Matthew Fuller: How To Be a Geek: Essays on the Culture of Software (2017)

29 June 2017, dusan

“Computer software and its structures, devices and processes are woven into our everyday life. Their significance is not just technical: the algorithms, programming languages, abstractions and metadata that millions of people rely on every day have far-reaching implications for the way we understand the underlying dynamics of contemporary societies.

In this innovative new book, software studies theorist Matthew Fuller examines how the introduction and expansion of computational systems into areas ranging from urban planning and state surveillance to games and voting systems are transforming our understanding of politics, culture and aesthetics in the twenty-first century. Combining historical insight and a deep understanding of the technology powering modern software systems with a powerful critical perspective, this book opens up new ways of understanding the fundamental infrastructures of contemporary life, economies, entertainment and warfare.

In so doing Fuller shows that everyone must learn ‘how to be a geek’, as the seemingly opaque processes and structures of modern computer and software technology have a significance that no-one can afford to ignore. This powerful and engaging book will be of interest to everyone interested in a critical understanding of the political and cultural ramifications of digital media and computing in the modern world.”

Publisher Polity, 2017
ISBN 9781509517152, 1509517154
x+233 pages

Publisher
WorldCat

HTML

Luciana Parisi: Contagious Architecture: Computation, Aesthetics, and Space (2013)

20 February 2015, dusan

“In Contagious Architecture, Luciana Parisi offers a philosophical inquiry into the status of the algorithm in architectural and interaction design. Her thesis is that algorithmic computation is not simply an abstract mathematical tool but constitutes a mode of thought in its own right, in that its operation extends into forms of abstraction that lie beyond direct human cognition and control. These include modes of infinity, contingency, and indeterminacy, as well as incomputable quantities underlying the iterative process of algorithmic processing.

The main philosophical source for the project is Alfred North Whitehead, whose process philosophy is specifically designed to provide a vocabulary for “modes of thought” exhibiting various degrees of autonomy from human agency even as they are mobilized by it. Because algorithmic processing lies at the heart of the design practices now reshaping our world—from the physical spaces of our built environment to the networked spaces of digital culture—the nature of algorithmic thought is a topic of pressing importance that reraises questions of control and, ultimately, power. Contagious Architecture revisits cybernetic theories of control and information theory’s notion of the incomputable in light of this rethinking of the role of algorithmic thought. Informed by recent debates in political and cultural theory around the changing landscape of power, it links the nature of abstraction to a new theory of power adequate to the complexities of the digital world.”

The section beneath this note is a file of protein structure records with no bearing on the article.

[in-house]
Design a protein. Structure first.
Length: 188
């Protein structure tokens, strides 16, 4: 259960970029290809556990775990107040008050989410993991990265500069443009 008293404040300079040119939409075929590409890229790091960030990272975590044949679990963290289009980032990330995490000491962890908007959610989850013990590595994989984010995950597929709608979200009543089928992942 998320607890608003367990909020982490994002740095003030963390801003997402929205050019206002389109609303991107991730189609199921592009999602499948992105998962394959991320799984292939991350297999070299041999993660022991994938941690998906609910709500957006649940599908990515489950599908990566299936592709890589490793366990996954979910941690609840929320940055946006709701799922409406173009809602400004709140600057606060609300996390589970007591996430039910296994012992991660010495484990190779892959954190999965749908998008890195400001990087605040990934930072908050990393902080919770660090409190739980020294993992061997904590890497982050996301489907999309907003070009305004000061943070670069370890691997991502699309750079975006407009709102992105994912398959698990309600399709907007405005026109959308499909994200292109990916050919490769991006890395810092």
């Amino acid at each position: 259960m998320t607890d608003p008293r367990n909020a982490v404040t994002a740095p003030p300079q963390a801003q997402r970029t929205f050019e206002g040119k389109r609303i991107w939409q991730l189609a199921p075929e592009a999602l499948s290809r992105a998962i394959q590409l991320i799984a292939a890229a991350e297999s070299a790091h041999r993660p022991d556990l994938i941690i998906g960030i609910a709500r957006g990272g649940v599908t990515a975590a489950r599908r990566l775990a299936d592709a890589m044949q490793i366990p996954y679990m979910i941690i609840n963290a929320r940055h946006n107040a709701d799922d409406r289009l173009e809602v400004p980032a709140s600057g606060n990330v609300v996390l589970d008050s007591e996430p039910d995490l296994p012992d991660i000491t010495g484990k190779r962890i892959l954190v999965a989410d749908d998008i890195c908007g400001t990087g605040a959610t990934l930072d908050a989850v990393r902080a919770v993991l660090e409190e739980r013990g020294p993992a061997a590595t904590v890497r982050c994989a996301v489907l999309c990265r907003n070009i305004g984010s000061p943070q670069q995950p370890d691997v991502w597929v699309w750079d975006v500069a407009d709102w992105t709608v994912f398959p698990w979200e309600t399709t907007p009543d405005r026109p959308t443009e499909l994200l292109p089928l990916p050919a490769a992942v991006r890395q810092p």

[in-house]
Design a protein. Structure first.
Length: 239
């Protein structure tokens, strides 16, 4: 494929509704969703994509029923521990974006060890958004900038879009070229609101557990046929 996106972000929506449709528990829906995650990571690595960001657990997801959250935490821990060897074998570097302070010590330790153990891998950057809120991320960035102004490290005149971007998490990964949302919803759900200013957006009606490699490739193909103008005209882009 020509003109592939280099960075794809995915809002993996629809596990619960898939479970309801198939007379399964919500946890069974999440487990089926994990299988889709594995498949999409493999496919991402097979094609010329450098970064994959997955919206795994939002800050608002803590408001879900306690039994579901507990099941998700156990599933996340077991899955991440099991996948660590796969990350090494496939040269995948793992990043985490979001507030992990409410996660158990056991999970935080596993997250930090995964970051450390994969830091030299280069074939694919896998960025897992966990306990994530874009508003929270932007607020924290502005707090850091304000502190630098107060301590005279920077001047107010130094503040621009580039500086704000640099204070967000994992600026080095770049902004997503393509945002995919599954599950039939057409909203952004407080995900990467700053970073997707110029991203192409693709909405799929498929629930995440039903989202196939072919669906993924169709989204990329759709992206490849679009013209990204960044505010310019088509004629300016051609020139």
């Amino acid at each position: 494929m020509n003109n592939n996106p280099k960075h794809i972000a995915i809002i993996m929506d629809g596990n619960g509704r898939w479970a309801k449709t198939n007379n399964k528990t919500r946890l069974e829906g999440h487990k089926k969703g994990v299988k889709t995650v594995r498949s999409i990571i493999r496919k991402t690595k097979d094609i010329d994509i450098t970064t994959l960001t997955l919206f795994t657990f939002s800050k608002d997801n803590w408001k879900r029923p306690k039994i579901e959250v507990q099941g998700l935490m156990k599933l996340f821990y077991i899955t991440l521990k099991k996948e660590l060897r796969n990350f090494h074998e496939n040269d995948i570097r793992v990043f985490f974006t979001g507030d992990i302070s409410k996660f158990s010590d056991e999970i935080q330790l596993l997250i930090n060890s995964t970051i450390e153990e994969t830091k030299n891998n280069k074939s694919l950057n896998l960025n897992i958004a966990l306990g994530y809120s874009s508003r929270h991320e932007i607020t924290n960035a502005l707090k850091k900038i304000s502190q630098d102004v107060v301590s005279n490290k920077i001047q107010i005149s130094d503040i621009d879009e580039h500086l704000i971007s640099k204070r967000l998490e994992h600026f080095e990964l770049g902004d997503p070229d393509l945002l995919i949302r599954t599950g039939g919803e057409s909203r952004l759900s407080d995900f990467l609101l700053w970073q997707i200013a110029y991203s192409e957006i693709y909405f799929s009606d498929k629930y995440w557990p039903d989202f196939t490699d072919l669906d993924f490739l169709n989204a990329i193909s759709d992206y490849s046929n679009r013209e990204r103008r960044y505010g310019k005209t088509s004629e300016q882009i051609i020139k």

Publisher MIT Press, 2013
Technologies of Lived Abstraction series
ISBN 0262018632, 9780262018630
392 pages

For a New Computational Aesthetics: Algorithmic Environments as Actual Objects lecture by Parisi (2012, video, 72 min).

Reviews: Lecomte (Mute, 2013), Ikoniadou (Computational Culture, 2014).

Publisher
WorldCat

PDF (24 MB)

Olga Goriunova (ed.): Fun and Software: Exploring Pleasure, Paradox and Pain in Computing (2014)

14 December 2014, dusan

Fun and Software offers the untold story of fun as constitutive of the culture and aesthetics of computing. Fun in computing is a mode of thinking, making and experiencing. It invokes and convolutes the question of rationalism and logical reason, addresses the sensibilities and experience of computation and attests to its creative drives. By exploring topics as diverse as the pleasure and pain of the programmer, geek wit, affects of play and coding as a bodily pursuit of the unique in recursive structures, Fun and Software helps construct a different point of entry to the understanding of software as culture. Fun is a form of production that touches on the foundations of formal logic and precise notation as well as rhetoric, exhibiting connections between computing and paradox, politics and aesthetics. From the formation of the discipline of programming as an outgrowth of pure mathematics to its manifestation in contemporary and contradictory forms such as gaming, data analysis and art, fun is a powerful force that continues to shape our life with software as it becomes the key mechanism of contemporary society.”

Texts by Andrew Goffey, Simon Yuill, Matthew Fuller, Luciana Parisi and M. Beatrice Fazi, Adrian Mackenzie, Michael Murtaugh, Geoff Cox and Alex McLean, Wendy Hui Kyong Chun and Andrew Lison, Christian Ulrik Andersen, Brigitte Kaltenbacher, Annet Dekker, and Olga Goriunova.

Publisher Bloomsbury, New York and London, 2014
New Media and Technology series
ISBN 1623560942, 9781623560942
285 pages

Software studies page on Monoskop

Publisher

PDF, ARG